When I realized how close Cambridge is to the Queens' Norfolk country retreat, Sandringham, I knew I had to make time to see it. Her Majesty The Queen and His Royal Highness The Duke of Edinburgh regularly visit Sandringham for the holidays. I got to chatting with one of the very friendly and knowledgable docents who informed me that they close the house around the end of October to make it ready to receive the Royal family and it stays closed to the public until around February. The staff in the house also work in the house with the Royal Family. He in fact services the boilers to the house. (A good man to have around in the English winters and a large drafty house.) The house was first opened to the public in 1977. The main ground-floor rooms, regularly used by the Royal Family, are decorated in the Edwardian style of the house's original Royal occupants.
The site has been occupied since the Elizabethan Era. Sandringham Hall was built in 1771, the hall was rebuilt in the 19th century after it was purchased by Queen Victoria for her eldest son and his new bride, the Prince of Wales, the future Edward VII, and Queen Alexandra. It has been passed down as a private home through four generations of British monarchs.
The lineage of the British monarchy since Queen Victoria can be traced by the inhabitants of Sandringham. Edward VII and Queen Alexandra had two sons, Albert Victor and George Frederick. Albert, the heir apparent, was engaged to marry Princess Mary of Teck. Mary would be Queen but not due to her marriage to Albert Victor. Unfortunately, he would die of pneumonia, January 14, 1982 at Sandringham. A year after Albert's death, George and Mary were engaged and married in 1893 and they would become King George V and Queen Mary in 1910. They would also have two sons, Albert Edward (Edward VIII who abdicated) and Albert Frederick, who would become King George VI. George VI married Elizabeth Bowes-Lyon, and their eldest daughter is the current reigning Queen Elizabeth II. There you have it - the four generations of royal lineage who have occupied Sandringham.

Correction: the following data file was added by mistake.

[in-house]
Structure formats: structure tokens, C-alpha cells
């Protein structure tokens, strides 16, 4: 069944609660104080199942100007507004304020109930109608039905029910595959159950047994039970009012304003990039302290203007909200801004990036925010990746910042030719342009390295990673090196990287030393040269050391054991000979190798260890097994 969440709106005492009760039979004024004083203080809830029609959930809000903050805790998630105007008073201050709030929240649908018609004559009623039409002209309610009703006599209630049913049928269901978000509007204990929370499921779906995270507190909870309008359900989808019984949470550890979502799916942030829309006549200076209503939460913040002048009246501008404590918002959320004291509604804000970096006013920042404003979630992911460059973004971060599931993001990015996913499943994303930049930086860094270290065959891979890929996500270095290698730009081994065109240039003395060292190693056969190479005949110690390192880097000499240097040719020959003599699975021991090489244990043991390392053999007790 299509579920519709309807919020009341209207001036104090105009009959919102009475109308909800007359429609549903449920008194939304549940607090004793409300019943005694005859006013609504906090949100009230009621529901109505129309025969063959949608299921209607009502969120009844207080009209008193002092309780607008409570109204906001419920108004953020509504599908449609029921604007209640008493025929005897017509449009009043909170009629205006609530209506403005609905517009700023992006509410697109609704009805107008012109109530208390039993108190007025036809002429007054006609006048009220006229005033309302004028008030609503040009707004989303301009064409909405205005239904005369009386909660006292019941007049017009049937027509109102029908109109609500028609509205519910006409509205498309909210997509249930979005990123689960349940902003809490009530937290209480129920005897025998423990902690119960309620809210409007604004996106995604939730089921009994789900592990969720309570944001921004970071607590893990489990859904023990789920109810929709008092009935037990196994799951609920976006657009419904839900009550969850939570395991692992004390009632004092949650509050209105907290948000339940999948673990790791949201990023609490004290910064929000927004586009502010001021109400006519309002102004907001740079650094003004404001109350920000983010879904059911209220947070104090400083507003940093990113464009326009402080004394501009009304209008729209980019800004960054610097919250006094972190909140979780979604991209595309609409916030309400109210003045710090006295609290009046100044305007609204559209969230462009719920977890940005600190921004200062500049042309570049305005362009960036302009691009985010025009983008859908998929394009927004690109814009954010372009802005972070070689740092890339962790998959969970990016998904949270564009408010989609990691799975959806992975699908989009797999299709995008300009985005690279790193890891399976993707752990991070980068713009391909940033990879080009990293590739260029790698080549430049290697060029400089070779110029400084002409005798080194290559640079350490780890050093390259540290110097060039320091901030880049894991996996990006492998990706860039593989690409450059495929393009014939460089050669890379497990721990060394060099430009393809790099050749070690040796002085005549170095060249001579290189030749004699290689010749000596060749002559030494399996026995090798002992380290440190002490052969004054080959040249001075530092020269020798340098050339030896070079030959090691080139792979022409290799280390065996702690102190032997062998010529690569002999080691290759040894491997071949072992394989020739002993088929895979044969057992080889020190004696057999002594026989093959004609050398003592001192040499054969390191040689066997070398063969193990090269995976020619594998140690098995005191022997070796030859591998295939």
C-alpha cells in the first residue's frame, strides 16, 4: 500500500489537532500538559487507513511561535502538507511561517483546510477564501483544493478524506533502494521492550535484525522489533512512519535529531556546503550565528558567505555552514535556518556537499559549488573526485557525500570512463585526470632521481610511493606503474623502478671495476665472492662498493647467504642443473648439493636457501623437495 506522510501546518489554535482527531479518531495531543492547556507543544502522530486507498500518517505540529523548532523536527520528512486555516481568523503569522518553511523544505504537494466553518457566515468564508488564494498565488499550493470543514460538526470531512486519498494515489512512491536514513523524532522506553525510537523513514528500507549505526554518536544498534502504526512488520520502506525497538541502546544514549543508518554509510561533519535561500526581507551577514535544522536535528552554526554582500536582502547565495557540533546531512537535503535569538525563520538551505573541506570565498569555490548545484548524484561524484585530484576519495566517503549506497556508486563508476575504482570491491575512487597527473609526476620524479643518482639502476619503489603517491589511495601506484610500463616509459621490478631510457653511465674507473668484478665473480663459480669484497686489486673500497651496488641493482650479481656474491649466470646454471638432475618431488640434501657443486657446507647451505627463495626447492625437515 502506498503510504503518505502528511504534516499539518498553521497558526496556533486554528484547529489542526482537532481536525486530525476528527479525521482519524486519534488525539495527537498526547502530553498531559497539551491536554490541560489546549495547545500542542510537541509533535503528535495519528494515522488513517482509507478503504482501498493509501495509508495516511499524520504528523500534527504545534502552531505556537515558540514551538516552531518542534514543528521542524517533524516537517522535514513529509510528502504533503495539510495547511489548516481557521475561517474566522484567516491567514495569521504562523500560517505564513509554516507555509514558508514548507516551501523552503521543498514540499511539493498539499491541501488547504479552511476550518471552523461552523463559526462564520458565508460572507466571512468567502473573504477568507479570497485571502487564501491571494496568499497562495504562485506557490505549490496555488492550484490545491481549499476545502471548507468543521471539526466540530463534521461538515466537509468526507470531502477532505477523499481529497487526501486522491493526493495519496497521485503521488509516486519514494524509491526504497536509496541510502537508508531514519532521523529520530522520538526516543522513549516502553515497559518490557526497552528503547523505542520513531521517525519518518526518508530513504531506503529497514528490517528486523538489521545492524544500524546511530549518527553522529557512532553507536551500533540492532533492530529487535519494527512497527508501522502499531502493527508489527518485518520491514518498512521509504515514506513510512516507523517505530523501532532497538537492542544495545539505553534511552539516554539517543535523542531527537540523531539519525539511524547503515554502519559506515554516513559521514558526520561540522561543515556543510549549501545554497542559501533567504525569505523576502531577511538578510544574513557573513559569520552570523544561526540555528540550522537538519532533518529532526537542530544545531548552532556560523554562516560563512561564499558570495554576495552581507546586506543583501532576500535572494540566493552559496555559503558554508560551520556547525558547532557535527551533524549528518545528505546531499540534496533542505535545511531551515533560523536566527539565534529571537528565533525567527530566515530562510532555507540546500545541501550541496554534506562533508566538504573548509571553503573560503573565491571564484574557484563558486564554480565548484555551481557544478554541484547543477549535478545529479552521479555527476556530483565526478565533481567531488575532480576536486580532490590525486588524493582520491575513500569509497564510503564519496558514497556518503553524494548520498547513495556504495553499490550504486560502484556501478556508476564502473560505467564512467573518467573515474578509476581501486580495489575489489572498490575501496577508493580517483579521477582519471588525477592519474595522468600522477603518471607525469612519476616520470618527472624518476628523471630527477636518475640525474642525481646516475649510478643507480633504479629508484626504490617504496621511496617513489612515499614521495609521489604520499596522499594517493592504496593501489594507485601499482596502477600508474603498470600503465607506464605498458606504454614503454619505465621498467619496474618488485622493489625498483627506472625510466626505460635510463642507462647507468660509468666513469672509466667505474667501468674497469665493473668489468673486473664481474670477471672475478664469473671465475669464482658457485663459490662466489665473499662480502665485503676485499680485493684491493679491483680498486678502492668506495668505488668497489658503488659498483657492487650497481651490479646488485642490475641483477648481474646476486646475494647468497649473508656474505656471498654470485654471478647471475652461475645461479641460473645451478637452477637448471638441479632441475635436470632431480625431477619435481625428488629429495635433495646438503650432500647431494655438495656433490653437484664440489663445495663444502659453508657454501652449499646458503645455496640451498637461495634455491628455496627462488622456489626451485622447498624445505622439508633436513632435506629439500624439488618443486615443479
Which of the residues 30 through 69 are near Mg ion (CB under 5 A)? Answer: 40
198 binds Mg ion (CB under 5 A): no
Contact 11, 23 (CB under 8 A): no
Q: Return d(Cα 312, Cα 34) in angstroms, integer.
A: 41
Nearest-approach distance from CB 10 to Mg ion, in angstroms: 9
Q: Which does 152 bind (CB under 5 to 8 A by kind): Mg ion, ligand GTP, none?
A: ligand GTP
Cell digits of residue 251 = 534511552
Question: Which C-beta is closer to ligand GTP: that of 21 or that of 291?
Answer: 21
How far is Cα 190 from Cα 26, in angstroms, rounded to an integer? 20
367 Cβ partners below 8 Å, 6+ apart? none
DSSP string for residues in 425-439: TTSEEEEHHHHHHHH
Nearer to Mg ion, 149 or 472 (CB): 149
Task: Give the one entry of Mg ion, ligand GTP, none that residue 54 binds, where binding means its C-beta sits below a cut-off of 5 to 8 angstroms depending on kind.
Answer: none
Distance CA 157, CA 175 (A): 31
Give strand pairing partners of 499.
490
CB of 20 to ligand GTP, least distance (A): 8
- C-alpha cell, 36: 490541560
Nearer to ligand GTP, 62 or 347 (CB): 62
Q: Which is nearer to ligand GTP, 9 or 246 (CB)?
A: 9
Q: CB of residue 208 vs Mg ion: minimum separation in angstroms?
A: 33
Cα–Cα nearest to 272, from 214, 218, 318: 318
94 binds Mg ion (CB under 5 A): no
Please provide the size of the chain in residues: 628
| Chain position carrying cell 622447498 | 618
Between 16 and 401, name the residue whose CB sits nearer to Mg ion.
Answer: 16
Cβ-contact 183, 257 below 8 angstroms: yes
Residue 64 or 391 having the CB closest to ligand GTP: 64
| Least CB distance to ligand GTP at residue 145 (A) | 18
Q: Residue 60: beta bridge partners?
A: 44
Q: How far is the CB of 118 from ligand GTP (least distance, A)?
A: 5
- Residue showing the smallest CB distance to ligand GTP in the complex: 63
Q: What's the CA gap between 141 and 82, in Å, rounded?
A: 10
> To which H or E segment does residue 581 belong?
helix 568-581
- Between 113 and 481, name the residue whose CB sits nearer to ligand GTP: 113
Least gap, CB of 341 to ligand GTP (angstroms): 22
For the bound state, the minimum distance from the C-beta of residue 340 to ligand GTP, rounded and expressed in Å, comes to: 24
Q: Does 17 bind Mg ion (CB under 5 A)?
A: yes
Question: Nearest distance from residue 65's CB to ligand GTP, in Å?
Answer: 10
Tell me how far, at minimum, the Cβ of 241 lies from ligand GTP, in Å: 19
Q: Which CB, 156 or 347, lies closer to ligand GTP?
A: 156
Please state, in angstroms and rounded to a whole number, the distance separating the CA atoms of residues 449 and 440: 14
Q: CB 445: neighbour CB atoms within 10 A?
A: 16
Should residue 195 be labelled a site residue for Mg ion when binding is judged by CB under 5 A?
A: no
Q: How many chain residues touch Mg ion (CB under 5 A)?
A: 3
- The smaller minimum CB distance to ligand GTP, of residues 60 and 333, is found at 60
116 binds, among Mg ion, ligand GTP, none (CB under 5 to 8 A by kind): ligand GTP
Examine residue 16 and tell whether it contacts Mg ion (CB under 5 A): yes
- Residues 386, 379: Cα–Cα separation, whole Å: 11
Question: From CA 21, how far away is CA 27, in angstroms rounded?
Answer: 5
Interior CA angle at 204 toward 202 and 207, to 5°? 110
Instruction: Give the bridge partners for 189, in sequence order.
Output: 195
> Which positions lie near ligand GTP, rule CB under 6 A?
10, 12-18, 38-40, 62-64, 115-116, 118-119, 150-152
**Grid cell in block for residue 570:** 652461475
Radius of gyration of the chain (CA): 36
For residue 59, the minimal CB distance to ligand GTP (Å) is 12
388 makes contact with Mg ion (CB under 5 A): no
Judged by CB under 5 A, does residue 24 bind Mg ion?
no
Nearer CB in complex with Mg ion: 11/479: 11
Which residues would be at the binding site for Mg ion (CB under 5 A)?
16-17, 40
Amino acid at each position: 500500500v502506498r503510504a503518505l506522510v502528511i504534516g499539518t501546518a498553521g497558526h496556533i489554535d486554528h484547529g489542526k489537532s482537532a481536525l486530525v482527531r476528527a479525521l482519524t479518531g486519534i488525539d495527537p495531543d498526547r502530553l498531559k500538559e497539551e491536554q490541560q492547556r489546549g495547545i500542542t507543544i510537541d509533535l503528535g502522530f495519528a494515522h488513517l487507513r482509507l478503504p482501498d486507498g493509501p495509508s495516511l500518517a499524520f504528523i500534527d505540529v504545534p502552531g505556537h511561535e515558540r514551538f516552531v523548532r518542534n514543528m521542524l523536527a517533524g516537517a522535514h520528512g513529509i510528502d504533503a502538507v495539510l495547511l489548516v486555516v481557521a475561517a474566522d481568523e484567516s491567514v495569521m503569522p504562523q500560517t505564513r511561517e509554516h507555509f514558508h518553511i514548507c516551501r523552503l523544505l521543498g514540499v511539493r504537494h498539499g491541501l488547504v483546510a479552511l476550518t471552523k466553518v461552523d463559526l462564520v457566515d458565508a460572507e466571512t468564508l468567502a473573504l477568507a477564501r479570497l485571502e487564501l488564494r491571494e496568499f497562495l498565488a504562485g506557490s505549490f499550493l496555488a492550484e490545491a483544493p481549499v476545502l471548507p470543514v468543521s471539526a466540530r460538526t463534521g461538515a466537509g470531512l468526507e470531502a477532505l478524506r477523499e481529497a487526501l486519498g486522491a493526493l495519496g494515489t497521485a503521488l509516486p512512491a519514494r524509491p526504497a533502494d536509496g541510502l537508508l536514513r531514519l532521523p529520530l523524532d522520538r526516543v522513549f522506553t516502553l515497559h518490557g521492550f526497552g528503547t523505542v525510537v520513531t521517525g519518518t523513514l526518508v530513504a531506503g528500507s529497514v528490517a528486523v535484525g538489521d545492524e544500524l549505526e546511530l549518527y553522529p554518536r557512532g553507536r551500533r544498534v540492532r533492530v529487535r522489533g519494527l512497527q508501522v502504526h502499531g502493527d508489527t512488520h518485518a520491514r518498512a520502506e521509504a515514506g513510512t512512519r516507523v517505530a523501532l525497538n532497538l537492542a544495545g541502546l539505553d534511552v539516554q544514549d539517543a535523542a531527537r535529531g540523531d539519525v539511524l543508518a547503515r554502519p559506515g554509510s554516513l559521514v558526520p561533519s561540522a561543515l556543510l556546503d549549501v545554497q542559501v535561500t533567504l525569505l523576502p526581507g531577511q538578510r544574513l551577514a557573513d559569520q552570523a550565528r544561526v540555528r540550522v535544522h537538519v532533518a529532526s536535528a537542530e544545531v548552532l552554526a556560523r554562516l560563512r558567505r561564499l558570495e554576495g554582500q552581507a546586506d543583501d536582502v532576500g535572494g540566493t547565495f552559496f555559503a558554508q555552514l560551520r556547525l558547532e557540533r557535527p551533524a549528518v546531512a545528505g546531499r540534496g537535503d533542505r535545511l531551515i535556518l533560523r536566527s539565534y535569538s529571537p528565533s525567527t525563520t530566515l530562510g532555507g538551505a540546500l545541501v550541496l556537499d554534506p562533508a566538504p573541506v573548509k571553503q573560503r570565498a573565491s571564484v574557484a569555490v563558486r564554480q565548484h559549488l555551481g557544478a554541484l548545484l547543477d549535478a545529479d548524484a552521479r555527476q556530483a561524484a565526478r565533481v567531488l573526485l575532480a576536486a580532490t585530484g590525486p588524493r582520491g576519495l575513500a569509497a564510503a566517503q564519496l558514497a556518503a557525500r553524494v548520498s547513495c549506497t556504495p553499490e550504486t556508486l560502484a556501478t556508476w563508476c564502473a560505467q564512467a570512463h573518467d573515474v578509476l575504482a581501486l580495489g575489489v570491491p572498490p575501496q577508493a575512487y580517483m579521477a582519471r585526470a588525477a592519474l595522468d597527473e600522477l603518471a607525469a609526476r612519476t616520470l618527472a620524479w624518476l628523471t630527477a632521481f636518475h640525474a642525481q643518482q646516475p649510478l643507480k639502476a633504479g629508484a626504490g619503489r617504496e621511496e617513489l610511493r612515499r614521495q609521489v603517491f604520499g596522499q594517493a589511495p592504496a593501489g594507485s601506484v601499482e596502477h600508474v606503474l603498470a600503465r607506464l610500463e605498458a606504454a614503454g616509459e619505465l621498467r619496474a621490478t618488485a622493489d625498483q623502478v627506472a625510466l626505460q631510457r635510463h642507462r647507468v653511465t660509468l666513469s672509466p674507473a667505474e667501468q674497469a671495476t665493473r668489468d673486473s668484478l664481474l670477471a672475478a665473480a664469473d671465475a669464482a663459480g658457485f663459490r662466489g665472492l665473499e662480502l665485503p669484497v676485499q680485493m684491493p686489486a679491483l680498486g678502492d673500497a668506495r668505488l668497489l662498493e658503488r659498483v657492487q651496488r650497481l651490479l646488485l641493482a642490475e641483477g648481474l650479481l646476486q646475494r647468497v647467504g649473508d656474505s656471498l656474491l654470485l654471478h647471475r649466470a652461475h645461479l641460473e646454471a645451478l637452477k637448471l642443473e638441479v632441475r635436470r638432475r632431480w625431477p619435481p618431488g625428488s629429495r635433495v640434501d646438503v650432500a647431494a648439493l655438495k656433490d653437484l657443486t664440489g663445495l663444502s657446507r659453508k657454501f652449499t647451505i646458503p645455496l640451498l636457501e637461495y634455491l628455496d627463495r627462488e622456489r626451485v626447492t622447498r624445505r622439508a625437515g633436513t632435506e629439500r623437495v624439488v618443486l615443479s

The resulting red-brick house, completed in 1870, is a mixture of styles. The galleried entrance hall is still used by the Royal Family for entertaining and family occasions, also the entrance for the publicly accessible rooms, which include a small drawing room, a larger parlor room, the dining room, and a hallway leading to the ball room, which was attached later. The decor and contents remain as they were in the Edwardian times. Both Queen Alexandra and later Queen Mary were collectors of objects d'art. Members of the Russian and European Royal Families (also relatives of the British Royal Family) were frequent guests to Sandringham and brought gifts, which are on also on display.
Also on the estate is St. Mary Magdalene Church, where the Royal Family attends Christmas services. A medieval church that dates to the 16th century and restored in 1857, it is a small church in the Perpendicular style. The Chancel is quiet incredible (and here's what it looks like because sadly, I wasn't allowed to take pictures.) There are memorials to many members and relations of the Royal Family in the church (Victoria, Edward VII, Alexandra, George V, George VI and Queen Elizabeth) and churchyard.
In addition to touring the first floor of the house, there are also about 600 acres of country park and garden. The formal planting of the Edwardian age is incorporated with rolling hills, grass paths, and gravel walkways in wooded glens. Peaceful and quiet, it is easy to understand the draw of these gardens for the Royal Family seeking solemnity and serenity.